And last week, Democratic Sen. Al Franken of Minnesota took a rhetorical swing at Texas Sen. Ted Cruz during a committee hearing when Cruz was not in the room, earning a rebuke from Republican Sen. John Cornyn, who called his charge "untoward and inappropriate."
In one of the more symbolic jabs, Senate Democratic Leader Chuck Schumer voted against McConnell's wife, Elaine Chao, in her confirmation vote to become transportation secretary.
Such spats might not get a second look in many walks of life. But they are extraordinary in the Senate, which prides itself on a level of decorum that seems anachronistic in the modern age. What is so notable about the recent political ugliness is not that it reveals political differences. It's the personal nature of the affronts that seems new.
Former Sen. Ted Kaufman, who spent decades working for then-Sen. Joe Biden and succeeded him as Delaware senator, says the mood in Washington has deteriorated since he left the chamber in 2009. He lays a hefty share of blame for the hyper partisanship cleaving Washington at the feet of the new President.
"The President is to this day the moral leader of the country," Kaufman said, warning that Trump's propensity to personally attack his opponents would lower the tone further in the wider political debate. "It is going to become okay not just in the Senate but throughout the country."

Something quintessential is being lost

The sour personal interaction on the Hill has some senators worried that something quintessential is being lost in the chamber even as they often blame the other side for the worst transgressions.
"I'm always worried about the breakdown in civility," said Sen. Tom Udall, whose father and uncle were congressmen and whose cousin was also a senator. "I come from a family where my father and my uncle were champions of civility, of building consensus and I hate all of this."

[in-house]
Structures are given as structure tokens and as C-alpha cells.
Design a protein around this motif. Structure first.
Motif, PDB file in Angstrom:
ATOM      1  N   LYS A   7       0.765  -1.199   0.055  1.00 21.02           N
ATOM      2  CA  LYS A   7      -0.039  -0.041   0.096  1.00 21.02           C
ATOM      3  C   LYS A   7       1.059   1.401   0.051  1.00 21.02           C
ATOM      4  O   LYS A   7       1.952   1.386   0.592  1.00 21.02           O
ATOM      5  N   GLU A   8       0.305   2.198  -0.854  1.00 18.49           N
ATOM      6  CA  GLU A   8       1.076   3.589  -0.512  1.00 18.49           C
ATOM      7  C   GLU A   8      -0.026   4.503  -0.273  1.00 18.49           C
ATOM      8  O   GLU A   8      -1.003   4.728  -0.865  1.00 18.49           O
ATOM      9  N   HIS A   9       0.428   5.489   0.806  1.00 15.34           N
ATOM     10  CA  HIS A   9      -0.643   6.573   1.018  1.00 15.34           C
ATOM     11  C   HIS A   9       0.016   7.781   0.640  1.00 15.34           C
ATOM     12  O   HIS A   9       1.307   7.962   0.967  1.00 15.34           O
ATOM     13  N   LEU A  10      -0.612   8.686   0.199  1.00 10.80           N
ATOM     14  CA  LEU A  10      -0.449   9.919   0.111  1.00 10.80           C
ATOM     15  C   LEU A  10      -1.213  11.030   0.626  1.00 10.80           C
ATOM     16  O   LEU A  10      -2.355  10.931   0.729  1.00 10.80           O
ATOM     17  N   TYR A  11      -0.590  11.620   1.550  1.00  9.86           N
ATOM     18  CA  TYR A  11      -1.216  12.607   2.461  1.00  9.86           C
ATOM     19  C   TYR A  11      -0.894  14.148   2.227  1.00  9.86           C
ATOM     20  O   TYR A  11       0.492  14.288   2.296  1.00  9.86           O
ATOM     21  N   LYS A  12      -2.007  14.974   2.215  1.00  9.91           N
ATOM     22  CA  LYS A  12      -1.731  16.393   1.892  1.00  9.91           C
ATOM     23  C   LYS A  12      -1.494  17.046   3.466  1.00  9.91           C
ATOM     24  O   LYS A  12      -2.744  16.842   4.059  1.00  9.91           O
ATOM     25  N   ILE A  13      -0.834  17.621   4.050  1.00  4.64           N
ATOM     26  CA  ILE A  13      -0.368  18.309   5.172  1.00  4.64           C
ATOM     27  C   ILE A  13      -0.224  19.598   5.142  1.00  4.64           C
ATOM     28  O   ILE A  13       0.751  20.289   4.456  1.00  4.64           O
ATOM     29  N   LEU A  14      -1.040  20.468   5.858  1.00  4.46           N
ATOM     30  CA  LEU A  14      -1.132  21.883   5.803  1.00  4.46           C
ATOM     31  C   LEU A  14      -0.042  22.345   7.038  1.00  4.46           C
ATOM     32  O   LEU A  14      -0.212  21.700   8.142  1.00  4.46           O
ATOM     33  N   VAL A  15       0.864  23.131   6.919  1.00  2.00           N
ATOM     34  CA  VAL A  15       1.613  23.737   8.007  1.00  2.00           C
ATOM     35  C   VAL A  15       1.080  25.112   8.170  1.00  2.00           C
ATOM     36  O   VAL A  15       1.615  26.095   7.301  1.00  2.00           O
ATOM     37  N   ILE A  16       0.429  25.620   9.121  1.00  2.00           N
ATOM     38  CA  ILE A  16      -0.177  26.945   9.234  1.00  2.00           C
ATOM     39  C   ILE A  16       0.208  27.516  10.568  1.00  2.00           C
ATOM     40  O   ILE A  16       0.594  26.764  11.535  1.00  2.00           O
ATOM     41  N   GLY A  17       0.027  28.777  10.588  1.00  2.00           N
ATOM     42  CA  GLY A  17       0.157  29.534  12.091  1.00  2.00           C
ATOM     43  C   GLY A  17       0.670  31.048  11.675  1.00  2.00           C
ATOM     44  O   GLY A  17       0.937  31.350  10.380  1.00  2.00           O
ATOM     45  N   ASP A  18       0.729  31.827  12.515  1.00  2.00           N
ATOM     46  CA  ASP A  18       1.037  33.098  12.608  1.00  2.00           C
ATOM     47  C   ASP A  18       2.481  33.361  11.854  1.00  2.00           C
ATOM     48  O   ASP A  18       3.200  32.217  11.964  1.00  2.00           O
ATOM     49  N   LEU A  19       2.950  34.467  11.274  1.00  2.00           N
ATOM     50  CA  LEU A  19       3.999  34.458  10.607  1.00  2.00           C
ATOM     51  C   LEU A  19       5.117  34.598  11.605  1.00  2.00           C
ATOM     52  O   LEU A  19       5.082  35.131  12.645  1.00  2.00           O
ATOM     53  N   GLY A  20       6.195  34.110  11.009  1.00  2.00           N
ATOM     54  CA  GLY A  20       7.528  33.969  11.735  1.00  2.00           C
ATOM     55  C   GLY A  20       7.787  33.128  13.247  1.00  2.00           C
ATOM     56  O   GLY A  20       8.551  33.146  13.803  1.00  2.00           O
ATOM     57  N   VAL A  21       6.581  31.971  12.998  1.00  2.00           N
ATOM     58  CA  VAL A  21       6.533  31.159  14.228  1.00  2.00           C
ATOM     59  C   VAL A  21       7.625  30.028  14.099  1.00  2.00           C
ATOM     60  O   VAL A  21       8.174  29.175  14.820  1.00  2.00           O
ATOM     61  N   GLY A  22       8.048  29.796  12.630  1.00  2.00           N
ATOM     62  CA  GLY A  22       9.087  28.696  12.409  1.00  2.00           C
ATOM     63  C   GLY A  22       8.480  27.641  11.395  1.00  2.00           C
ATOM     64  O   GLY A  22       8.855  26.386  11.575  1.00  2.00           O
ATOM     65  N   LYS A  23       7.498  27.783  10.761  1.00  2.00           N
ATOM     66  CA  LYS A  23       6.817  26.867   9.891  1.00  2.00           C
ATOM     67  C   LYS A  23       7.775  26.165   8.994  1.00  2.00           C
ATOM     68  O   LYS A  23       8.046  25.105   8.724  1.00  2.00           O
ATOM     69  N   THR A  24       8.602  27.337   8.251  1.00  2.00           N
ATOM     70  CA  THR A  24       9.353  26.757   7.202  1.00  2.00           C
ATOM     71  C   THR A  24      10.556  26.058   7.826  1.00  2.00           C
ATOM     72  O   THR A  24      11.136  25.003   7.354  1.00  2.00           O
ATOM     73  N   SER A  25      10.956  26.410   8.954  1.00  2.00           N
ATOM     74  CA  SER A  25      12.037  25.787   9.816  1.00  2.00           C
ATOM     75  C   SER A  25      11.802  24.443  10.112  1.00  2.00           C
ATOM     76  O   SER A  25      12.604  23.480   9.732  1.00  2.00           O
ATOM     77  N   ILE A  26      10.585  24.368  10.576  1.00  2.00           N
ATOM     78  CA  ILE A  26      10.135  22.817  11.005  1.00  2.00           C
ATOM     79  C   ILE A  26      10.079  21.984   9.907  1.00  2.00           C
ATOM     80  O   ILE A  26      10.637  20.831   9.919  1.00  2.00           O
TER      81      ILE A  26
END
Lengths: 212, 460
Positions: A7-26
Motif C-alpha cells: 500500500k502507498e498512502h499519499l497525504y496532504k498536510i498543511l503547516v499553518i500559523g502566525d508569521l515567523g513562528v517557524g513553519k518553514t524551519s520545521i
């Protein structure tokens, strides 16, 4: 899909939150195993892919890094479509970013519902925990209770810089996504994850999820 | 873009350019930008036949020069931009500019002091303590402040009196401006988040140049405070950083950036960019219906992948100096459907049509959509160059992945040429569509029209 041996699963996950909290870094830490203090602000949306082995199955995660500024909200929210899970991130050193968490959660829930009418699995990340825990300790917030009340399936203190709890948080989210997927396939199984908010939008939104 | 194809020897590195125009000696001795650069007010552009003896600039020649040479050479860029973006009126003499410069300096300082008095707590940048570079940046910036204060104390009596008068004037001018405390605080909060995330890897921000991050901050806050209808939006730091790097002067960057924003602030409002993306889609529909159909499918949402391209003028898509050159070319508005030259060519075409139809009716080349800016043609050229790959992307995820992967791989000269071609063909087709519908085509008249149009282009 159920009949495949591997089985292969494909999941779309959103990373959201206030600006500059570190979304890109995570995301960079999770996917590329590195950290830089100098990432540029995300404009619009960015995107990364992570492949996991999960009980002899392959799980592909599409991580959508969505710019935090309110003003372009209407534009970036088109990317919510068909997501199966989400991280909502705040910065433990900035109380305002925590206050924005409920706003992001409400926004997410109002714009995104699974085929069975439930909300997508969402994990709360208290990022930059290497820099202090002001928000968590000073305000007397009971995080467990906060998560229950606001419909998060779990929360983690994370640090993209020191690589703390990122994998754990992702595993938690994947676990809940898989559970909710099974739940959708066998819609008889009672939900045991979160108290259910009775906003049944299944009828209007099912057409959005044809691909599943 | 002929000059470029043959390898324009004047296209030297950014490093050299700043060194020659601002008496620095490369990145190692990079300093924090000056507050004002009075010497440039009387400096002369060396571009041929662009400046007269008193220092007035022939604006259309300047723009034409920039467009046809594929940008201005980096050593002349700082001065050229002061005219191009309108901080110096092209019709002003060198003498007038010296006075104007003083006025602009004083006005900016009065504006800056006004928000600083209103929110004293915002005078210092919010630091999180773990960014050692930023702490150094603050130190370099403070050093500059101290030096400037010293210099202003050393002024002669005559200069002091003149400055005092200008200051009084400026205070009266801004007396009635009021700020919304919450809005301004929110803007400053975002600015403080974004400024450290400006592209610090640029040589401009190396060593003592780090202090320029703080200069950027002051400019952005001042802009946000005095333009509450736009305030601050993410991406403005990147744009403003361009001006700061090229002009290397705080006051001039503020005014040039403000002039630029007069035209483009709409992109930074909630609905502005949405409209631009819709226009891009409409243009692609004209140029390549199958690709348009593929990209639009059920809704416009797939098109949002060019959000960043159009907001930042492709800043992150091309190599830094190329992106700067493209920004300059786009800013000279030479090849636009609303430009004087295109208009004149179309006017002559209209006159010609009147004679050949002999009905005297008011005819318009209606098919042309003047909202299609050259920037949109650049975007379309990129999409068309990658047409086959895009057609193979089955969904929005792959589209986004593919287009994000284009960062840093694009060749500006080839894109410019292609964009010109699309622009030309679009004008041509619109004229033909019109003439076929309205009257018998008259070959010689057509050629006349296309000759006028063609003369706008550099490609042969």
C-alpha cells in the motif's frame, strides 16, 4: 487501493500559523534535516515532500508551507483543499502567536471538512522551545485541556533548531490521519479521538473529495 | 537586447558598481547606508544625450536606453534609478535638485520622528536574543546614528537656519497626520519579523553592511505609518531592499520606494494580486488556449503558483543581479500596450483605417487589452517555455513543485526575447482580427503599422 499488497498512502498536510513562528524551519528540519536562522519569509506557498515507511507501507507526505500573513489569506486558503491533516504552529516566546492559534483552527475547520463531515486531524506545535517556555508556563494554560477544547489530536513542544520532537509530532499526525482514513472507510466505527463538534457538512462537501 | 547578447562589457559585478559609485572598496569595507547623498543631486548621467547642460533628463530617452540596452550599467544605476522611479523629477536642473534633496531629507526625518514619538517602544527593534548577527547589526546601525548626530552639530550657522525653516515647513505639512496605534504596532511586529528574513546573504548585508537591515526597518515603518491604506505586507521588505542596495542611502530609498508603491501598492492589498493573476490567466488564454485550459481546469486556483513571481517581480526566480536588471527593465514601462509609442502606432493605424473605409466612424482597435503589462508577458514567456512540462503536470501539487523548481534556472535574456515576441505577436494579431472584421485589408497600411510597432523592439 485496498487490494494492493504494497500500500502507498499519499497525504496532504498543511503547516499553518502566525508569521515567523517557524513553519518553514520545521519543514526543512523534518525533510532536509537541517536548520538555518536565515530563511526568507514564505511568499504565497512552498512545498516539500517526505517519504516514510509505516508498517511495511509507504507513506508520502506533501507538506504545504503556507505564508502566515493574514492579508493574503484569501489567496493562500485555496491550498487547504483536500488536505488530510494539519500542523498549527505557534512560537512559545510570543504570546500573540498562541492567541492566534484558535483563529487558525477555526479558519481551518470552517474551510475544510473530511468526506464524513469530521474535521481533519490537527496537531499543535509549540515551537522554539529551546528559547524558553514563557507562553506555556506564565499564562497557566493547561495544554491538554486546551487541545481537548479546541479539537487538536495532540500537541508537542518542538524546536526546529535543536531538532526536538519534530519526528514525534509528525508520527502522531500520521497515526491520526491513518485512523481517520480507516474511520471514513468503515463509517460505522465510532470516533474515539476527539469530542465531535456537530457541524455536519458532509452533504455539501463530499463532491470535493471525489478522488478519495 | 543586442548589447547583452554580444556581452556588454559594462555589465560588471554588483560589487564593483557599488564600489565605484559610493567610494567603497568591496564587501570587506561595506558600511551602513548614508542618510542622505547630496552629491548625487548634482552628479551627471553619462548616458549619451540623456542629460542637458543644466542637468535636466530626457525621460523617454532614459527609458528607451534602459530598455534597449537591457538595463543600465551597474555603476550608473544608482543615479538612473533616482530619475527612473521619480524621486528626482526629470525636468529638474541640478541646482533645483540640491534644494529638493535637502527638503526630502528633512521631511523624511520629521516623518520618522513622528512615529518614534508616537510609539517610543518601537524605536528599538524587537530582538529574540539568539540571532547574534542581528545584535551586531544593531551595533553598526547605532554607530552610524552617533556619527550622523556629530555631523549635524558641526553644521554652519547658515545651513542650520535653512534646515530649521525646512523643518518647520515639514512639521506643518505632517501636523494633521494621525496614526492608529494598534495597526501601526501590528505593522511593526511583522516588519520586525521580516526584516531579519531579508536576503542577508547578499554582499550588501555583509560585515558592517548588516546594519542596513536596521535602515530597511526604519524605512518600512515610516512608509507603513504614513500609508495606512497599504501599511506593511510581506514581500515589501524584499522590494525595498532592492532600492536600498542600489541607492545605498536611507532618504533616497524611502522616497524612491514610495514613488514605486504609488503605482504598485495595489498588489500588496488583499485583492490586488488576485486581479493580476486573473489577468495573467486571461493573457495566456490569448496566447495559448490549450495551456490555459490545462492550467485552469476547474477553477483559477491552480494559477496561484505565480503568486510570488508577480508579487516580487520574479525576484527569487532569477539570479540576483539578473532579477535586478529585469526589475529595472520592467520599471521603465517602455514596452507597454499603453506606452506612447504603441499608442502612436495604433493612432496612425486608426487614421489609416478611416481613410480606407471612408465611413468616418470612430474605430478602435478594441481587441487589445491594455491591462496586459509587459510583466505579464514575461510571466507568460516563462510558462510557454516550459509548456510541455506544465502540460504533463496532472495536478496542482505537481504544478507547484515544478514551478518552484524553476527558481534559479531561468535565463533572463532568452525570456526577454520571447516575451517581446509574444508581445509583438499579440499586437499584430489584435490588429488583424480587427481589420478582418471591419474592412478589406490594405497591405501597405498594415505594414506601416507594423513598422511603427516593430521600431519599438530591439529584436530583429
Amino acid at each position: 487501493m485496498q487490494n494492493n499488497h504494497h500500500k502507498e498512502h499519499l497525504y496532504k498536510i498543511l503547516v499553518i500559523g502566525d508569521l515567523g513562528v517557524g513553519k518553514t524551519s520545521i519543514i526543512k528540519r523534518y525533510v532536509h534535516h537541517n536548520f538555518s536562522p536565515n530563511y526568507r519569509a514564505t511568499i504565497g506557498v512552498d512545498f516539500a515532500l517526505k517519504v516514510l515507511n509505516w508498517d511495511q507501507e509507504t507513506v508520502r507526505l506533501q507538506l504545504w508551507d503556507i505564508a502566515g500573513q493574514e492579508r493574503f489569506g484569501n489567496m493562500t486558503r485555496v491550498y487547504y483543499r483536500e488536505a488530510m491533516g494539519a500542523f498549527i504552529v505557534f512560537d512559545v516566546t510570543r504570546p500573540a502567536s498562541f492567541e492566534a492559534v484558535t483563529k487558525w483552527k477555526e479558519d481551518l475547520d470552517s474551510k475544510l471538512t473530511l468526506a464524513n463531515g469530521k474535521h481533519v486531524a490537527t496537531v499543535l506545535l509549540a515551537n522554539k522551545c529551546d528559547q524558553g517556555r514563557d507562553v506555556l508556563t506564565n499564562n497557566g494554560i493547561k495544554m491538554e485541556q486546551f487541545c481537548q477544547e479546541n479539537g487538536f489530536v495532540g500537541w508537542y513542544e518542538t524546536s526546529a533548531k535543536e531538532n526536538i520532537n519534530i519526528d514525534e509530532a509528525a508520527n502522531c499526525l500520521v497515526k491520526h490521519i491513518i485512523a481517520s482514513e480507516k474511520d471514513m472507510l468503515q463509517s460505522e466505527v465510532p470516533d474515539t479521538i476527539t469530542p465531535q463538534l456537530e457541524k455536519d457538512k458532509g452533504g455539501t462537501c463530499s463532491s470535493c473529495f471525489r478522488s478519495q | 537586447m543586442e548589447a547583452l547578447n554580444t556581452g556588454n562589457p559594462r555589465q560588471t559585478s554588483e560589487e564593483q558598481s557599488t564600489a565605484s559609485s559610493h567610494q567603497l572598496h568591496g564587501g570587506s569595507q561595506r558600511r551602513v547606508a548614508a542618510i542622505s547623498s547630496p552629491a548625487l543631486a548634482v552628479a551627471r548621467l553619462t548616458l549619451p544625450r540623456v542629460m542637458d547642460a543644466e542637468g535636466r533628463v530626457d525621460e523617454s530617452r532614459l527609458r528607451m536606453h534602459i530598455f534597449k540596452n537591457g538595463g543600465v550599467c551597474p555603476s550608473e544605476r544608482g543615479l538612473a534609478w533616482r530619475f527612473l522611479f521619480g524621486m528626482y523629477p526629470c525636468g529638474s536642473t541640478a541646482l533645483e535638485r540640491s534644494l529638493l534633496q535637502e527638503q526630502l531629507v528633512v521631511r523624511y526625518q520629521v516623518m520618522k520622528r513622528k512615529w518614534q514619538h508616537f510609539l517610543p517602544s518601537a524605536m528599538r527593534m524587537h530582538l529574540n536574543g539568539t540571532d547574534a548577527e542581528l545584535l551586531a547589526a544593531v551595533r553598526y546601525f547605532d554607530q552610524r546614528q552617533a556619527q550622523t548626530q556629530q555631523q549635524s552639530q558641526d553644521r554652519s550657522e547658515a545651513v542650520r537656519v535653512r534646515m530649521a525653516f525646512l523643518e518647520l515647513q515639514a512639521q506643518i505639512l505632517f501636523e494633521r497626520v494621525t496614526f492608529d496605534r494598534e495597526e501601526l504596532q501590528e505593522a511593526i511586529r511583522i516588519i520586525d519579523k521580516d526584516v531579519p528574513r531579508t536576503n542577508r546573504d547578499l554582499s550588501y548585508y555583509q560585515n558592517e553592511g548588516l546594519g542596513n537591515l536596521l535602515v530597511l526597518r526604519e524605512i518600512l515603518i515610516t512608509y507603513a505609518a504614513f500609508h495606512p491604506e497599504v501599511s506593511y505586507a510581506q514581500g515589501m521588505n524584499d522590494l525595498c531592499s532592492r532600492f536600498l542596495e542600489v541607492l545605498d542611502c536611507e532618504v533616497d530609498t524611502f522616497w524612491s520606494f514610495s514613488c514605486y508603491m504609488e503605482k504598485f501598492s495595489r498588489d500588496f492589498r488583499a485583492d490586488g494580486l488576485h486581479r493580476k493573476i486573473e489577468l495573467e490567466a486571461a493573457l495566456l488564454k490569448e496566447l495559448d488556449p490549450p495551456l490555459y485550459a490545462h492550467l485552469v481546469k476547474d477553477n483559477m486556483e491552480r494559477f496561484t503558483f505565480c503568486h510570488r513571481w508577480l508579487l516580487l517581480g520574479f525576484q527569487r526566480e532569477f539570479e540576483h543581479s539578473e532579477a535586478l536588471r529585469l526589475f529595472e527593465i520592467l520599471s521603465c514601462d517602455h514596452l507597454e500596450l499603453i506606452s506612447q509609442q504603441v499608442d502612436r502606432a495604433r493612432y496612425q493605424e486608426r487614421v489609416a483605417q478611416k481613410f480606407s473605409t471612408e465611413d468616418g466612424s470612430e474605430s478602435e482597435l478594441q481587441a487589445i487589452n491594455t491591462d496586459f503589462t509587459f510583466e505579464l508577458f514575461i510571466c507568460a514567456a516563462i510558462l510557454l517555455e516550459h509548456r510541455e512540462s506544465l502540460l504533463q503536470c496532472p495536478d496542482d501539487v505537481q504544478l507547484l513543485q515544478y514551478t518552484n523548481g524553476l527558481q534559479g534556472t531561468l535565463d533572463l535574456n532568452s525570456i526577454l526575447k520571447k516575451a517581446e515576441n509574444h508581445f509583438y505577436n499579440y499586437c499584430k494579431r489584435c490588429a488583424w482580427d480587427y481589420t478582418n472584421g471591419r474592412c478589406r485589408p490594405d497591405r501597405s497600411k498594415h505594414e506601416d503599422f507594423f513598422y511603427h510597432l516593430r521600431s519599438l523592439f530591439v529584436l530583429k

Republican Sen. Roger Wicker of Mississippi blamed the discord on a demoralized Democratic Party.
"I've never seen the losing party in a national election exhibit this level of disappointment," he told CNN.
Democrats would counter that their candidate, Hillary Clinton, easily won the popular vote in the presidential election and that Trump has shattered most conventions on how presidents should behave.
Trump won the White House with an abrasive promise to incite disruption and to destroy the political elites he blames for what he sees as a national crisis.
So he's unlikely to be a peacemaker.
Trump lambasted Washington lawmakers on both sides of the aisle in his searing inaugural address on January 20.
"We will no longer accept politicians who are all talk and no action -- constantly complaining but never doing anything about it," he said.

Hardly serene before Trump

But to blame the new president entirely for the dysfunction would be unfair. Washington was hardly serene before Trump's arrival on the scene.
Smith believes the combination of emboldened party leaders, a more partisan political environment fanned by outside influences on lawmakers and the growing homogeneity of political parties that has seen cross-party coalitions disappear have added up to a moment of fevered confrontation on Capitol Hill.
"Really over three or four decades the two parties in the Senate have engaged in an intensifying parliamentary war. It involves minority obstruction to majority action on legislation," he said. "And it involves the majority response that means cracking down on the minority whenever it can."
And there's every indication the mood is going to get a lot worse.
In recent months, simmering fury on Capitol Hill was exacerbated by the GOP's refusal to even give a hearing to Judge Merrick Garland, former President Barack Obama's pick for the Supreme Court. The impasse leave Democrats in no mood to help speed the path of Trump's pick for the same seat, Neil Gorsuch. Now the GOP is considering the "nuclear option" -- a rules change that would incite Democratic incandescence -- to beat a possible filibuster with only Republican votes.
Democrats, under pressure pressure from liberals who have experienced a political awakening since Trump's election, are also in a mood for revenge, believing the GOP handcuffed Obama's presidency with endless obstruction. And they believe the administration is rushing through some of the most controversial Cabinet nominees in recent history and thwarting their attempts to fully scrutinize them.
Absent some kind of partisan realignment in the years to come, it seems unlikely that this generation of Washington politicians will be the last to lament the partisan swamp in which they swim.